How to stop crypto from crashing the financial system

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Once upon a time, the cryptocurrency realm was a curious side show, a place where criminals did business and devotees had fun at their peril. Not anymore. It is rapidly evolving into a veritable Westworld of finance, where mock investment funds, banks and derivatives allow visitors to take immense risks – risks that could ultimately spill over into traditional markets and the world. economy in the broad sense.

Regulators are struggling to get it all under control. It is increasingly important that they succeed, and soon.

It’s still unclear whether crypto will turn out to be a good thing overall. As money, it has so far failed: Bitcoin’s volatility, transaction costs, and carbon footprint, for example, have made it largely useless for purposes other than speculation and ransomware (and even there it has flaws). That said, the underlying blockchain technology – which allows people from anywhere to transact and create indelible records without relying on a trusted intermediary – may still have uses beyond sale of “official” copies of video clips and commemoration of the fire of valuable works of art. In due course, this could help sovereign states improve their official currencies.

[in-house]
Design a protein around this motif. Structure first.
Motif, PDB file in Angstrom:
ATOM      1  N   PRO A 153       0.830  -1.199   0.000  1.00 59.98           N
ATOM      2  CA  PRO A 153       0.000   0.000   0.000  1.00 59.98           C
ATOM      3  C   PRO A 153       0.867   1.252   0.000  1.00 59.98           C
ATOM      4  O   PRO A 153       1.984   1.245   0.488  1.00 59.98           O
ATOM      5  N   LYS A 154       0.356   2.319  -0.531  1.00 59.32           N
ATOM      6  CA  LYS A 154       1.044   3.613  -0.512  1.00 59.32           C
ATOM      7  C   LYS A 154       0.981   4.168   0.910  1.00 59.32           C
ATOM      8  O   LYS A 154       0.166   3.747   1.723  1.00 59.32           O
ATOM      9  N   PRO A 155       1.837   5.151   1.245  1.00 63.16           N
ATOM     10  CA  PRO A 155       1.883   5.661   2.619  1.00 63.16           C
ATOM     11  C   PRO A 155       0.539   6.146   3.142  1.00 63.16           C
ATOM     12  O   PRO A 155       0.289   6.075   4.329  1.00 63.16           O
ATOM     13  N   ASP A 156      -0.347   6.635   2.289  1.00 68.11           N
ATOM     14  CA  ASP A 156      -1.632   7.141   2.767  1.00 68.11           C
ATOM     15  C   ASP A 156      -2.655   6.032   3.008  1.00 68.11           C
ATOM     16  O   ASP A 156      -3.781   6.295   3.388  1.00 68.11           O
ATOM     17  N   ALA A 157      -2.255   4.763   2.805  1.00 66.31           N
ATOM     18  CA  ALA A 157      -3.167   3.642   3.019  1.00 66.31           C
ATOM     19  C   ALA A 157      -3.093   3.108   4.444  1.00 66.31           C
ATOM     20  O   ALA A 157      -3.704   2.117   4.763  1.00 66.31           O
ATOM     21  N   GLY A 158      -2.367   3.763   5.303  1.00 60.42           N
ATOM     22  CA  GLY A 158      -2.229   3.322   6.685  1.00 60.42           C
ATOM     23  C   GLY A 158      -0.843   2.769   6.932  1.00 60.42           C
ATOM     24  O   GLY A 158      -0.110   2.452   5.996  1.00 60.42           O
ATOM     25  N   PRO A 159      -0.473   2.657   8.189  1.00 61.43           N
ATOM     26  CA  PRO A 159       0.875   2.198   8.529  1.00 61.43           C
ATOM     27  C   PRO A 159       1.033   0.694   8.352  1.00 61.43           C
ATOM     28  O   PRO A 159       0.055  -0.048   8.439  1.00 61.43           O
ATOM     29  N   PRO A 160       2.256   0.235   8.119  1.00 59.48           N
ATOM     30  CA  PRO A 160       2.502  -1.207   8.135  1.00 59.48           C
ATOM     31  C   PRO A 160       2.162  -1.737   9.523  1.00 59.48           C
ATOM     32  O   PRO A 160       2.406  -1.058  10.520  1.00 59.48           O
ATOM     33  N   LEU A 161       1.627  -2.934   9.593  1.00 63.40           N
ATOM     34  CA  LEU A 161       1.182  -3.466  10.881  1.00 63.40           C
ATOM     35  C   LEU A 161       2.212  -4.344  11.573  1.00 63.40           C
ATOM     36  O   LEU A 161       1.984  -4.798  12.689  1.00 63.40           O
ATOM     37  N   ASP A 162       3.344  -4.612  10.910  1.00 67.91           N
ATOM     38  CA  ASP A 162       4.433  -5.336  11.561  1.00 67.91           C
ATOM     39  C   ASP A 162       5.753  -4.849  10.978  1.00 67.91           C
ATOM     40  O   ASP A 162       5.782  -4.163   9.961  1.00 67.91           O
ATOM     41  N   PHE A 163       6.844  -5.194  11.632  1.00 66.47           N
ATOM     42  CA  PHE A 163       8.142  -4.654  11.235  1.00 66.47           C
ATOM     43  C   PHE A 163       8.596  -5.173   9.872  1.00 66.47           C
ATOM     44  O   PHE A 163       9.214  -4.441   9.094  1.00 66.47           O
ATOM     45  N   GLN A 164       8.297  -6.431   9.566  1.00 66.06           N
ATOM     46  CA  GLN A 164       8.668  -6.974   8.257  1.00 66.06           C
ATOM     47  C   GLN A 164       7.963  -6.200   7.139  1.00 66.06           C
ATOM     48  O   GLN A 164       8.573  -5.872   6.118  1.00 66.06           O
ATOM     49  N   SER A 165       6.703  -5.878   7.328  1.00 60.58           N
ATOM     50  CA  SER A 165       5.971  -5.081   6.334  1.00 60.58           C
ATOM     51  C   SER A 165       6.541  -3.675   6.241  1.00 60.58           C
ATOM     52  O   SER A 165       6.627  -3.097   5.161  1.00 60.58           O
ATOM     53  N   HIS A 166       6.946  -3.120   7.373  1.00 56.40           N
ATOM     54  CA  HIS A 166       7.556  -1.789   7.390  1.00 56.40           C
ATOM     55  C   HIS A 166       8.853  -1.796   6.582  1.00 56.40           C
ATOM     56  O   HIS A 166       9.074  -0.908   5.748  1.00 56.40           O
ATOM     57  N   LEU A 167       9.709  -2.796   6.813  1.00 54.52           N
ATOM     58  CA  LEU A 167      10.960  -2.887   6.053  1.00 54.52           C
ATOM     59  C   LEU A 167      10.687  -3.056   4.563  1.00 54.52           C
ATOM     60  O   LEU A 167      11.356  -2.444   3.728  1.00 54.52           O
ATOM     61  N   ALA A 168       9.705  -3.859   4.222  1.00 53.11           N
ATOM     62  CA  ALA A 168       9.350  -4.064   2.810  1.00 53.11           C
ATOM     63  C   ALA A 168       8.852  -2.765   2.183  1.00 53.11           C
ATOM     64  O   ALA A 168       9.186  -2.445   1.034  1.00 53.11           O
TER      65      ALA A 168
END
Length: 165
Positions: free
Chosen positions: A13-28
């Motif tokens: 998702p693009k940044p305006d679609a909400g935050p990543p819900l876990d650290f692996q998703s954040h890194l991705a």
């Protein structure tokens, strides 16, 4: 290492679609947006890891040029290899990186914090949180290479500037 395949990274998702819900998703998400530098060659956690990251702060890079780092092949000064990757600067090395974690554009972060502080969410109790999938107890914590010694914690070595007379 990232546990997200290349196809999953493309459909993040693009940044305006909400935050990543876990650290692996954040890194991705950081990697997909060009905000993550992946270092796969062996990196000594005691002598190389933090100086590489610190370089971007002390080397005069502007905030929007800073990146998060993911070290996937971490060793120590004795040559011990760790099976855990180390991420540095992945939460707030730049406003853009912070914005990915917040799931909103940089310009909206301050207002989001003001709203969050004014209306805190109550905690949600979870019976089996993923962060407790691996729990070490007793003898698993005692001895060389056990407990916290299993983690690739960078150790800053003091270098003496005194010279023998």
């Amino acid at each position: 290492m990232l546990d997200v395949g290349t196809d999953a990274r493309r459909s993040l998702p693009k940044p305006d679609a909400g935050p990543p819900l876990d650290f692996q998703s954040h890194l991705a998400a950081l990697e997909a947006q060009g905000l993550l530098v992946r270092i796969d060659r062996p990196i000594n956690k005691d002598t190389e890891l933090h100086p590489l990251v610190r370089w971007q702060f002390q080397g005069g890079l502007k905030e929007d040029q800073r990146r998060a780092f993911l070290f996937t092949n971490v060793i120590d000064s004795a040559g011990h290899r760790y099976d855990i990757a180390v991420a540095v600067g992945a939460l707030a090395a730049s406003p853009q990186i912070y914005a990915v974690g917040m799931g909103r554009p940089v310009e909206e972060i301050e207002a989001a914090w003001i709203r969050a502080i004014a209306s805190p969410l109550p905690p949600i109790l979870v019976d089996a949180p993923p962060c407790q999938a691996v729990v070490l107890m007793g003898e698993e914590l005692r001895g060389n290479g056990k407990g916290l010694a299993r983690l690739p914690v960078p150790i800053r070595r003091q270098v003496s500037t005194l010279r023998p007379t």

Lately, however, the crypto dwellers have replicated the work of traditional financial institutions, without any regulatory safeguards designed to control them. Left unattended, this is not likely to end well.

Coin 1 is stablecoins, representations of fiat currencies that work on the blockchain. They mimic bank deposits by claiming to be worth, say, exactly one US dollar per coin. But unlike banks, the organizations that run them have no deposit insurance, no recourse to emergency loans from the Federal Reserve, and no limits on where to invest the fiat currency reserves that back them up. Tether, the company behind one of the most popular stablecoins, has previously been caught lending its dollar reserves to its affiliate crypto exchange, and still claims to hold potentially volatile assets such as precious metals and others. digital tokens.

History has repeatedly shown how dangerous such a bare combination of deposit-like liabilities and risky investments can be. Even rumors of losses can trigger a buyout rush before the money is gone, with systemic consequences. Suppose, for example, that stablecoins become big buyers of commercial paper, a short-term debt that companies issue for such purposes as purchasing supplies and paying employees. (Tether says he already holds tens of billions of dollars of such paper.) A sudden wave of buyouts could starve the market for cash, rendering companies unable to make payroll – similar to what happened in 2008, when the Lehman Brothers bankruptcy triggered a run on money market funds that devastated the commercial paper market (a vulnerability that itself has yet to be fully addressed).